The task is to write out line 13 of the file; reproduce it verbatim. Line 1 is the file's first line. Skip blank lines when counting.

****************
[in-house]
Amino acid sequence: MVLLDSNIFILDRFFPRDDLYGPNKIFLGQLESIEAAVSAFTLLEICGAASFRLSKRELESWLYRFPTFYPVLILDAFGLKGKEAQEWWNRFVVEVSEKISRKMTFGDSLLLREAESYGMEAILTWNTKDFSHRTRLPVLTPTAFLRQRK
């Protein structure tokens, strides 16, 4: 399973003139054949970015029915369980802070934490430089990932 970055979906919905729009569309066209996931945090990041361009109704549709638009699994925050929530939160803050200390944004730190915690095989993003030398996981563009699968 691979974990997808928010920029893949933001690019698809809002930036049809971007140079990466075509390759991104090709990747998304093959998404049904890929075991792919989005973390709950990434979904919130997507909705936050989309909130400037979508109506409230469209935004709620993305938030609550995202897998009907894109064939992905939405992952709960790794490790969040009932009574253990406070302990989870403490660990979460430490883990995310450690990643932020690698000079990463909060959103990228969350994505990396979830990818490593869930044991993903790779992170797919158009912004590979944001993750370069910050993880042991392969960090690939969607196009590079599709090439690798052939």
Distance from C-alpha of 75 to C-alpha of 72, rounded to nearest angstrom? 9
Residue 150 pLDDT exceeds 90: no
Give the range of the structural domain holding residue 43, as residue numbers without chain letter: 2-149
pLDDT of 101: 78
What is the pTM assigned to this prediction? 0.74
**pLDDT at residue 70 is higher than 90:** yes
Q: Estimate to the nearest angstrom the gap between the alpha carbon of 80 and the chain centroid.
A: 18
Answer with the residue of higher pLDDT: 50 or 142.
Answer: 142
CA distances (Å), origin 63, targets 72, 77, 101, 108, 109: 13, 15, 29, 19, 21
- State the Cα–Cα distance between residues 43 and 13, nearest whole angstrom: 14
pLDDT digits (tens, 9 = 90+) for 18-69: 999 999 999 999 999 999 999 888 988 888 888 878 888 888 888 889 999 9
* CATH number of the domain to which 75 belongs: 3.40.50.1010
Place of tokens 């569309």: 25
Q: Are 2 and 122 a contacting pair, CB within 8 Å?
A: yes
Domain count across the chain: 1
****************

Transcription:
Answer: 142